Maintenance issues cause rodent problems in concessions

Mariah Carillo / Daily Titan

Mariah Carillo / Daily Titan

On-campus food is more than just the traditional brick-and-mortar shops that usually come to mind. Concession stands at sports games and food trucks parked on campus are also a prominent source for food between classes and during halftime.

This year, while concession stands have suffered from inadequate maintenance standards, food trucks on campus, which are regulated by the Orange County Health Department, have met the health and safety requirements.

Regularly stationed food trucks on campus, including BarcelonaOnTheGo and Spudrunners, are rarely supervised by the university because they are constantly moving throughout other locations in Orange County and have also succeedingly met the Health and Safety Code requirements under the Mobile Food Facilities (MFF).

Santiago Nocito, co-owner of BarcelonaOnTheGo, proudly shows off his passing sticker issued by the Orange County Health Department on the truck’s front window.

Nocito said his establishment’s affiliation with the university is minimal.

“They did come around the first semester we were here but it was brief inspection,” Nocito said.

BarcelonaOnTheGo and Spudrunners’ partnership has resulted in both trucks earning popularity and success among students on campus. The fresh, high-quality ingredients in their food, followed by passing sanitation regulations, keep Cal State Fullerton students coming back for more.

Unlike the concession facilities, BarcelonaOnTheGo has also kept up with its maintenance.

In contrast, concession stands, which are regulated by the university, struggle with issues.

“Orange County Health Department, they’re not so strict, they’ll give you time to fix things if something’s broken,” Nocito said.

The most recent inspection of the concession stands took place Oct. 27 this year. The venue located at Titan Stadium, which hosts soccer matches and has also hosted football games, received major violations, including presence of animal and rodent feces due to gaps in the window seals. This violation was a direct result of CSUF’s poor maintenance standards, according to the food facility inspection report.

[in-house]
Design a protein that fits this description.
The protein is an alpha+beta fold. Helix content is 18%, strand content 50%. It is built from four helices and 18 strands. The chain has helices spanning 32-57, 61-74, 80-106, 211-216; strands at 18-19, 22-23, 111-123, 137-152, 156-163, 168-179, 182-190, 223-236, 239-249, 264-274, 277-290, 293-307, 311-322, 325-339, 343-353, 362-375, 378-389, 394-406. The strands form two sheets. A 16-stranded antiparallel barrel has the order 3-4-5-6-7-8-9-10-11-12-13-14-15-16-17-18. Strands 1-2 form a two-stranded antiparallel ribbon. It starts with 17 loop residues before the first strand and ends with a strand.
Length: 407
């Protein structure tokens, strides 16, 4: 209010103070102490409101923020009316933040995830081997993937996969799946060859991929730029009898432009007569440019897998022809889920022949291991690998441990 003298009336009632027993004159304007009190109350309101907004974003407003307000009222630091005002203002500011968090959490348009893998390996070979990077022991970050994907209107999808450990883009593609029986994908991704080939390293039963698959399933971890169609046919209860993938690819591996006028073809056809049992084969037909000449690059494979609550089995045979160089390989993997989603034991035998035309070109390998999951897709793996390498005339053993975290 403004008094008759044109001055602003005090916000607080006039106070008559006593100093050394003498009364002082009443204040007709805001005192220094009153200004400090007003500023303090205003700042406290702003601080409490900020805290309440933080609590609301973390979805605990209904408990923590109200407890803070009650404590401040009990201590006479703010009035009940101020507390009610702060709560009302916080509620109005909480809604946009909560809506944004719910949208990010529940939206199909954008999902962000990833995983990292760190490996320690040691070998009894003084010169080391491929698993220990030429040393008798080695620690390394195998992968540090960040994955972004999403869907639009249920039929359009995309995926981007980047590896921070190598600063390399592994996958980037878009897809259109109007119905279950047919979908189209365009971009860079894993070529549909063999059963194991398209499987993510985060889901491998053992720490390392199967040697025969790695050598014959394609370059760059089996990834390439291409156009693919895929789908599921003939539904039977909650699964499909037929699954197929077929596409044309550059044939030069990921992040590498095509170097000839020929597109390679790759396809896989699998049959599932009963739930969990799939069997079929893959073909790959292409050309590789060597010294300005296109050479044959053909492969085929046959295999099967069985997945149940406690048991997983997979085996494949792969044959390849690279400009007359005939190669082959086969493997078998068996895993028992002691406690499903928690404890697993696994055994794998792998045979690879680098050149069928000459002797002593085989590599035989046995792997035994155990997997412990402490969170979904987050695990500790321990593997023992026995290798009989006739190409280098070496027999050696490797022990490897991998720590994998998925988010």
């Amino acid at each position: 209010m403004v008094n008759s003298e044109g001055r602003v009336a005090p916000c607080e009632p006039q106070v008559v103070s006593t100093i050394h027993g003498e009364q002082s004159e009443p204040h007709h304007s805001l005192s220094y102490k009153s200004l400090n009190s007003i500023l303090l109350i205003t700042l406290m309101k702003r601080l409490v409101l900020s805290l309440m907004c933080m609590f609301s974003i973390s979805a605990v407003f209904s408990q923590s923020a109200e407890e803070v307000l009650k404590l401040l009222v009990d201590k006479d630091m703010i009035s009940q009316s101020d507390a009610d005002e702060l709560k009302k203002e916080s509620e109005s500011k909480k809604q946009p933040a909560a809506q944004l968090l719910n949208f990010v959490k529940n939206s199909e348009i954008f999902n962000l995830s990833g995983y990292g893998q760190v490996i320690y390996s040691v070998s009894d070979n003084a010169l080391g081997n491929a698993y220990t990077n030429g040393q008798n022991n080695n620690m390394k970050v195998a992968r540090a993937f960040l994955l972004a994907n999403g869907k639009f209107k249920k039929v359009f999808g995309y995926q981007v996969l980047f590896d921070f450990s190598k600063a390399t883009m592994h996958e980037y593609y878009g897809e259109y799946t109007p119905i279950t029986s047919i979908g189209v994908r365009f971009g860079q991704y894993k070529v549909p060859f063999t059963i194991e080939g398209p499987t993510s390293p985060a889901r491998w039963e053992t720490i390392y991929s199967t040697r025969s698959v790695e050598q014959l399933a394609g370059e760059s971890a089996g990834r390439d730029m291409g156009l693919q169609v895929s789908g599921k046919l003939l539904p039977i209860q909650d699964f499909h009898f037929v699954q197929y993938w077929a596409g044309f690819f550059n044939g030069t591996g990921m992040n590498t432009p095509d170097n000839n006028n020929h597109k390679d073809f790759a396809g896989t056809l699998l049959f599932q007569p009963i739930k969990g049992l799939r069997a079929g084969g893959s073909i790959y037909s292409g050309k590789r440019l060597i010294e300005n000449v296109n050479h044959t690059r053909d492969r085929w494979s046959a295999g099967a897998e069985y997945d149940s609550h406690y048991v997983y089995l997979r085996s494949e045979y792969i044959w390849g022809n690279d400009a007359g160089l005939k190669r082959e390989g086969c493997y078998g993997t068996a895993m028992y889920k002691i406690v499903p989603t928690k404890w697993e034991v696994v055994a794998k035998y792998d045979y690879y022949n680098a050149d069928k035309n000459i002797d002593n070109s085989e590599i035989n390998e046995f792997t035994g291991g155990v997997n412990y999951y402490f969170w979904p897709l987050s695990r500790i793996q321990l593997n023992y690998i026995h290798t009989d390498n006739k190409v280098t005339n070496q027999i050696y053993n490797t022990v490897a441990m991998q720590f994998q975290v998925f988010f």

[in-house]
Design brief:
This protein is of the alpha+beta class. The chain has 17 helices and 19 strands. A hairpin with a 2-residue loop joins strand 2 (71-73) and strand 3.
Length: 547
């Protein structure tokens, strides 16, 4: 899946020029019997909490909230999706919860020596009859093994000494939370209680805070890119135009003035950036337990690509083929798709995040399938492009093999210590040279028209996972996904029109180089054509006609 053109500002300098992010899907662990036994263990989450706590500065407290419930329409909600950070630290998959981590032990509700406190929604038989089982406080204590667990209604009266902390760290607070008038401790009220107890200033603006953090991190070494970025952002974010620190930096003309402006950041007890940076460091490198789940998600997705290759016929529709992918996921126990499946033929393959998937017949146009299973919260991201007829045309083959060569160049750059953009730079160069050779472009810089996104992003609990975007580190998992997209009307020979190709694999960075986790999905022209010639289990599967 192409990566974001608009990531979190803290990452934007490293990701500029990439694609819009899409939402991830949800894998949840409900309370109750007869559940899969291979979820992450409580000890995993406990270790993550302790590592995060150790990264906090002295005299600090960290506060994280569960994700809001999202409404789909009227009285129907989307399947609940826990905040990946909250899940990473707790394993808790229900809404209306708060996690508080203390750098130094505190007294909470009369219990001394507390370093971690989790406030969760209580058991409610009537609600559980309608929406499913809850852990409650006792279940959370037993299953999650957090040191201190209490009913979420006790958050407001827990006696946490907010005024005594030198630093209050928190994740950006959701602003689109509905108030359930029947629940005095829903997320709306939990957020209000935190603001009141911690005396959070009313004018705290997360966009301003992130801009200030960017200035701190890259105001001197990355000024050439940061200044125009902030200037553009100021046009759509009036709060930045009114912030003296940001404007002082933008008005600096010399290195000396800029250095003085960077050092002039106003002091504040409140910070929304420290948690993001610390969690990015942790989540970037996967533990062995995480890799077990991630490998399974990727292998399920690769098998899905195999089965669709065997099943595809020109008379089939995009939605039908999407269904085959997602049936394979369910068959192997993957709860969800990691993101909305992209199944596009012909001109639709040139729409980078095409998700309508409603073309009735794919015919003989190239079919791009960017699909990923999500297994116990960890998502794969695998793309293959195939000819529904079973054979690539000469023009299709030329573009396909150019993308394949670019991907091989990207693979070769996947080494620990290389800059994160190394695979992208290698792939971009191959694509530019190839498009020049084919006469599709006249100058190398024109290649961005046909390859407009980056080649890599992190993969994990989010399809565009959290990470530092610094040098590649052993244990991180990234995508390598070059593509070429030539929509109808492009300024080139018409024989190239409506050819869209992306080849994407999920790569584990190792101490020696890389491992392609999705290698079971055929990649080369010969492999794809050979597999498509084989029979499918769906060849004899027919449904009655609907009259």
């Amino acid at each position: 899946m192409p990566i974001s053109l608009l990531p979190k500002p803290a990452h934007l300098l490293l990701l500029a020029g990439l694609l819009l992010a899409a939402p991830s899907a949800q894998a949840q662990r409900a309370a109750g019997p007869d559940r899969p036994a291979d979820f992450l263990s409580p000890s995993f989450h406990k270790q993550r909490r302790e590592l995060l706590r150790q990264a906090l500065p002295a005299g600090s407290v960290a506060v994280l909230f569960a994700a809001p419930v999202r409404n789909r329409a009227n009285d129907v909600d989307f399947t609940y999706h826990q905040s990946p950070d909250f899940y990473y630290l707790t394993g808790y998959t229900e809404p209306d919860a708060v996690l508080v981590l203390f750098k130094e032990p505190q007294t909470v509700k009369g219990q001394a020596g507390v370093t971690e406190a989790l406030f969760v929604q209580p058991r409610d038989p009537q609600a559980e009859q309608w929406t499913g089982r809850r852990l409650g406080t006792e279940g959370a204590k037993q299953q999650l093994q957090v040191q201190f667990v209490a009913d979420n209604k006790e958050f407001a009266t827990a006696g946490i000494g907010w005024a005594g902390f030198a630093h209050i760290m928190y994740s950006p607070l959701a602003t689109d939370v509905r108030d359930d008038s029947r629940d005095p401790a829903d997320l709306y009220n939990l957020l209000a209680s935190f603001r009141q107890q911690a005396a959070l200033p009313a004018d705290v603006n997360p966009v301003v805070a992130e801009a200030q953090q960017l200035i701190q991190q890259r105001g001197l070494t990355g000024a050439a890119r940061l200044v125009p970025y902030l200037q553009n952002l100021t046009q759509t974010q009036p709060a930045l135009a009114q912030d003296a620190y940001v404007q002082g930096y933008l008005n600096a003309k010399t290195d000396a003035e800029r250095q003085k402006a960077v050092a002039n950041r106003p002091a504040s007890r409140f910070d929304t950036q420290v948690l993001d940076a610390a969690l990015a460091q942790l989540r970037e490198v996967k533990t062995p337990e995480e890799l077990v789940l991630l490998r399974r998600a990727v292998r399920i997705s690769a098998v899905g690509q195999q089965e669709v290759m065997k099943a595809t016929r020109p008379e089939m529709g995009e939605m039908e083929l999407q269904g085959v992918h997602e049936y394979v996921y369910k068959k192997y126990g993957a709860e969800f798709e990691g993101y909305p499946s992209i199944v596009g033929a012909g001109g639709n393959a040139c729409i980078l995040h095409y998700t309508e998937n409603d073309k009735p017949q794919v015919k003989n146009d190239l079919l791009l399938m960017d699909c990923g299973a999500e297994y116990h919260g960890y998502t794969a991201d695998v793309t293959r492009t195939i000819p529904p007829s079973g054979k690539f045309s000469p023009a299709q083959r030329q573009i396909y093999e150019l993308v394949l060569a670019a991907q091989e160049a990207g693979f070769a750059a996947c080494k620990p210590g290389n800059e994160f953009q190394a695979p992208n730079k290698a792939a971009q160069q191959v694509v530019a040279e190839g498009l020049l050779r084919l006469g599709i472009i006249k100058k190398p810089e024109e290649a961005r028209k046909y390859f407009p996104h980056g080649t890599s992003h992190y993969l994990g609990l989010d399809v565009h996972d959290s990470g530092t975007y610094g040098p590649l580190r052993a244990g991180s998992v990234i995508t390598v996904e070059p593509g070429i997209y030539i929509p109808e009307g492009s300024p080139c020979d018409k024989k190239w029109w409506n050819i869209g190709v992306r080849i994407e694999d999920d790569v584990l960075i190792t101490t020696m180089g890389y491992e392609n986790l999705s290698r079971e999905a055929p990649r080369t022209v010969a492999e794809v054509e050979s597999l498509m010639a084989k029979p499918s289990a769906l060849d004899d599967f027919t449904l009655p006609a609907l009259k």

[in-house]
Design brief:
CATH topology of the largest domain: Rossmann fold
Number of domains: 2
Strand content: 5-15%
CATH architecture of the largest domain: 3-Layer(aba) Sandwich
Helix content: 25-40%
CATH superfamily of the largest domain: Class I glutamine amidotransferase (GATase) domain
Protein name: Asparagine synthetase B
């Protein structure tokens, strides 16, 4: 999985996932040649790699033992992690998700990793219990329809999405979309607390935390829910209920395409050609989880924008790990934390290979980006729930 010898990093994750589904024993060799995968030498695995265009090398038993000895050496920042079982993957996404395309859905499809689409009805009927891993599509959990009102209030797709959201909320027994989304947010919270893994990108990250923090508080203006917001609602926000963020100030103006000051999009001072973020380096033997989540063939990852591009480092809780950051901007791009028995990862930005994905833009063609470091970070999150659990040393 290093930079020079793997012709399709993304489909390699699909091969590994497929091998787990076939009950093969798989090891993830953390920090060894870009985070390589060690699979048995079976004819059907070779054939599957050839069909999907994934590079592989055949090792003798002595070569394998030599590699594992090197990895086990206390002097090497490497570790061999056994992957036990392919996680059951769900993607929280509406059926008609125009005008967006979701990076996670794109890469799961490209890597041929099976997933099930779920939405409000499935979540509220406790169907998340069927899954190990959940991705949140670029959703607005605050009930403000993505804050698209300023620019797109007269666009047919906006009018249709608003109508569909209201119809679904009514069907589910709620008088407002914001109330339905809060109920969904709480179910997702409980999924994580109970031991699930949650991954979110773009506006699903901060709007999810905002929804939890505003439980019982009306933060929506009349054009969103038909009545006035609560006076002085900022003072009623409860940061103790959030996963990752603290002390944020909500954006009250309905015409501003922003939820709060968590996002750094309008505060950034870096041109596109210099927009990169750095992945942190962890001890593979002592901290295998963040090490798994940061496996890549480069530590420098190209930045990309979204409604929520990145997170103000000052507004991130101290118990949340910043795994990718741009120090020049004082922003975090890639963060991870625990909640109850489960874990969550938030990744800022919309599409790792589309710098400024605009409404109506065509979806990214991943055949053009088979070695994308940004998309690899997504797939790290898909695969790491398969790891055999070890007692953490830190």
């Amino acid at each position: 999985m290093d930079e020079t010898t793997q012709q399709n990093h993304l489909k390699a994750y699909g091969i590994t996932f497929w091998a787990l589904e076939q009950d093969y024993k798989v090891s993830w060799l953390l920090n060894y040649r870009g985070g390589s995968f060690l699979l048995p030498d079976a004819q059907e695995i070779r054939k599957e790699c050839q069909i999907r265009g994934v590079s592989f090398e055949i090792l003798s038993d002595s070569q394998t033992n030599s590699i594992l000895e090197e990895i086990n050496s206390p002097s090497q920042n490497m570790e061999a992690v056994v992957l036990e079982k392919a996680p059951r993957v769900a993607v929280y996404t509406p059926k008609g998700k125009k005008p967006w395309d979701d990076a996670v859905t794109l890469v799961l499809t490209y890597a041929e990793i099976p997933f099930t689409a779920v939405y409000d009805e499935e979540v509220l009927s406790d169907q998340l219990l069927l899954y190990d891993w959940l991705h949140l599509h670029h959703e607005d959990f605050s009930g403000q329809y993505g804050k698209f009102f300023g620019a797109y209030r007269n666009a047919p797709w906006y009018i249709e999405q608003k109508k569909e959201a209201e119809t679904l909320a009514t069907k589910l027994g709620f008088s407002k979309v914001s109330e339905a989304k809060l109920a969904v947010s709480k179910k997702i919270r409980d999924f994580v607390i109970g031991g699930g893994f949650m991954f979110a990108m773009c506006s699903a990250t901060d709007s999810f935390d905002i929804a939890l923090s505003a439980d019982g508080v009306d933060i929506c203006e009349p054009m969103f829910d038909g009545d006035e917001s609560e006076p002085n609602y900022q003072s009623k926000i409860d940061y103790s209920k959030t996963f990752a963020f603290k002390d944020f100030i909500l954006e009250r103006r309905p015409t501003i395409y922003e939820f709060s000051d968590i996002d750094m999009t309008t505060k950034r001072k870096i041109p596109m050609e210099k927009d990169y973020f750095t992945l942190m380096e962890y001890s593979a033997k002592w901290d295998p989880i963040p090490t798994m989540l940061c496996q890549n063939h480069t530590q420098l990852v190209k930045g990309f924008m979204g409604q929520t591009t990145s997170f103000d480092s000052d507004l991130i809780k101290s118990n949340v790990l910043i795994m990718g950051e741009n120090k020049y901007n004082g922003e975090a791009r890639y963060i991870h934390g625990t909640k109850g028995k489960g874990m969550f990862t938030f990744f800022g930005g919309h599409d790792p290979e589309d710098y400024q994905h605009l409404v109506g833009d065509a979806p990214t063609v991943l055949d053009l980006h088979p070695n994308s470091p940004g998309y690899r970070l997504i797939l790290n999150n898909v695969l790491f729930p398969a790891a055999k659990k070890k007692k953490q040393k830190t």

“Whenever there is an event at the facility we go in, we clean it all up and then we bring all the

food in for whatever the event is,” said Frank Mumford, executive director of CSUF’s Auxiliary Services Corporation. “When the evening is over, or whenever the event is we take the stuff back out. We never leave food out there so we don’t attract any kind of vermin.”

Mumford addressed the issue of vermin and other pests getting inside the facility as an issue with the facility itself. Since the windows are not properly sealed at the bottom, rats can get inside. “It’s a university issue,” Mumford said. “We do the best we can with what we have right now.”

The university occasionally sprays the concessions to try to keep any rodents and cockroaches from coming in. An outside company also comes in once a month to spray the buildings for any gaps, but it has not worked so far. “It just doesn’t seal well enough, so they (vermin) can pretty easily get in,” Mumford said.

Aside from maintenance issues, the concessions also received minor violation concerning sanitation, food storage and water temperature. CSUF Environmental Health Officer and Food Inspector Justine Baldacci issued the Titan Stadium concession stand a “D” rating in October, noting several other minor violations concerning sanitation, food storage and water temperature.

Baldacci said minor violations do not pose an imminent health hazard, but do warrant correction.

Major violations, however, require correction much more quickly. “Other corrective action” may take place or the facility “warrants immediate closure,” she said.

In March, the softball concessions received a major violation for holding their hot dogs at a low 54 degrees Fahrenheit.

“Potentially hazardous foods held between 50 degrees Fahrenheit and 130 degrees Fahrenheit without any intervention are considered a major violation,” Baldacci said.

Mumford said the ultimate goal is to get permanent food facilities for sporting events.

“The softball stadium is even worse because it’s rusted in a lot of places,” Mumford said. “The facilities just really need some major renovations or to be replaced.”

About Kymberlie Estrada

Kym is in, what she hopes, is her final year at Cal State Fullerton. She is majoring in Journalism and minoring in Radio-TV-Film. While she’s not running around in circles in the newsroom, she’s probably on a long distance run outdoors. She hopes to one day strut the streets of New York in her all black attire and 5 inch heels working for an elite fashion magazine. An apple is all it takes to make her day. So give her one. Fuji, preferably.

About Sarah Gerhard